In Philippians 3:10-11, Paul goes on to explain why he discarded any personal merit in order to be found in Christ and to be credited only with Christ’s merit. Even though he had more religious credits than other men he 31 joyfully abundantsaw his own righteousness as nothing but something to be thrown away in comparison to the great wealth to be found in Christ’s righteousness. He writes, “…that I may know him and the power of his resurrection, and may share his sufferings, becoming like him in his death, that by any means possible I may attain the resurrection from the dead.”

He does not doubt the assurance of his salvation. When Paul says “If, by any means” he doesn’t mean there are still conditions attached to the reality of his resurrection. As Richison observes, “The Bible was originally written in Greek. There are four ways of saying ‘if’ in the Greek. One of these ‘ifs’ is to assume the statement as true. This is brought out by spelling, not interpretation. The ‘if’ in this phrase is something Paul is assuming true.” Paul does not doubt something here at all, he’s asserting a fact. We should probably translate the “if” in this passage as “since.” I believe Paul has confidence in his eternal state. But he is once again asserting that the only source of that confidence is through faith in Christ alone as laid out in the previous verses. He’s saying that putting my faith in Christ alone and His righteousness is the only sure way. If I’m trusting in my own good works, there is no hope. But through faith in Christ I do have hope. That’s why the New Century Version translates verse 11 to says, “Then I have hope that I myself will be raised from the dead.” It is a way of saying if I’m trusting in my righteousness, I’m lost forever. But because I have Christ’s righteousness I can look forward to the resurrection with confidence.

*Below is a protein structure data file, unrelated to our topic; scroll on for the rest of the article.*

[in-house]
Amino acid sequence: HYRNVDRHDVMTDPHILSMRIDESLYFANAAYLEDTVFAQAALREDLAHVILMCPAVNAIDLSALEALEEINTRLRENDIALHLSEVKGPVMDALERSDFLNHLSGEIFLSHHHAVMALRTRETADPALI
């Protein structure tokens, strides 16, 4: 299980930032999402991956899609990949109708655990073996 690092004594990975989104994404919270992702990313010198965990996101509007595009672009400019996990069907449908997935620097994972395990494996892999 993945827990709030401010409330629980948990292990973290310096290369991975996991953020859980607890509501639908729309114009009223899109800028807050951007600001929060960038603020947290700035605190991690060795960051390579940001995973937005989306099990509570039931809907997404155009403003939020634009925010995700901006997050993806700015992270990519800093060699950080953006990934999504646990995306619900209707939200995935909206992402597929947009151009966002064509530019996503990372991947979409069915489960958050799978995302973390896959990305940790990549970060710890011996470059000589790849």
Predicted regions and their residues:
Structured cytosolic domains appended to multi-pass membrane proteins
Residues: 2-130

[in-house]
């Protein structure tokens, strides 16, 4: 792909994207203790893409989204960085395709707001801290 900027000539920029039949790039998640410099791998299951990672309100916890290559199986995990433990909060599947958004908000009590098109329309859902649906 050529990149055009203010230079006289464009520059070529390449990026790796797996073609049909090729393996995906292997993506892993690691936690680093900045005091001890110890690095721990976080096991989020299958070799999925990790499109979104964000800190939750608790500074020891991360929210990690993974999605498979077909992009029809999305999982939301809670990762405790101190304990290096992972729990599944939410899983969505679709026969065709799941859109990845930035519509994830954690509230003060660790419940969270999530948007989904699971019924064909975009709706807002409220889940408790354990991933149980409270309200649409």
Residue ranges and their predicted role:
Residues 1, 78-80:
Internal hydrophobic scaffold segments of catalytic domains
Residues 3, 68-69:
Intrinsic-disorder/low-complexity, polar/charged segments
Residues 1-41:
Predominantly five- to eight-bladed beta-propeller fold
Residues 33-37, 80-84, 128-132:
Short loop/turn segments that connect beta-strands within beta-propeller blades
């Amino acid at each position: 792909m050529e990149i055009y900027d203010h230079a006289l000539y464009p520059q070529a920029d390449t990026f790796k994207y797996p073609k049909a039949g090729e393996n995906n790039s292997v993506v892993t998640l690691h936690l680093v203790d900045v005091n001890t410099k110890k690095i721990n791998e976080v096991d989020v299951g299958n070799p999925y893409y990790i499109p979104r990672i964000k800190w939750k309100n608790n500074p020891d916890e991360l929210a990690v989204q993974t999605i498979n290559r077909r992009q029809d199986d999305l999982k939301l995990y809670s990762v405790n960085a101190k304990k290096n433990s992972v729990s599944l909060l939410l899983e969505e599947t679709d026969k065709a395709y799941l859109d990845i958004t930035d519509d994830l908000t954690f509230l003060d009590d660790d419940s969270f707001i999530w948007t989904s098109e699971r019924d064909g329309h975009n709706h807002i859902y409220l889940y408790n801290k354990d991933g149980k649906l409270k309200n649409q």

But following the path of my self-righteousness, as George Rusty puts it, “…dead ends for three reasons. First, the goal is unclear. How will we know when we finally arrive? When are we finally good enough? Secondly, the goal is unattainable. No amount of human effort or goodness can ever bridge the gulf that sin makes between God and me. Earning my way to Him is impossible. And third, the goal is unfulfilling. How can we love someone who makes us earn their favor? Imagine if your wife gave you a list of chores every morning, and threatened that if you didn’t accomplish them all perfectly, she’d leave. Even if you try to please her, your marriage is about an obligation, not a loving relationship. But love is not something we earn. It is something that’s given, with no strings attached.” True joy comes from the Gospel. Good works is not Good News. Rusty concludes, “When we live by love, we have abundant life. Living by love is all about accepting, not accomplishing. We accept God’s love and experience joy and freedom. A love relationship with Jesus is an adventure!”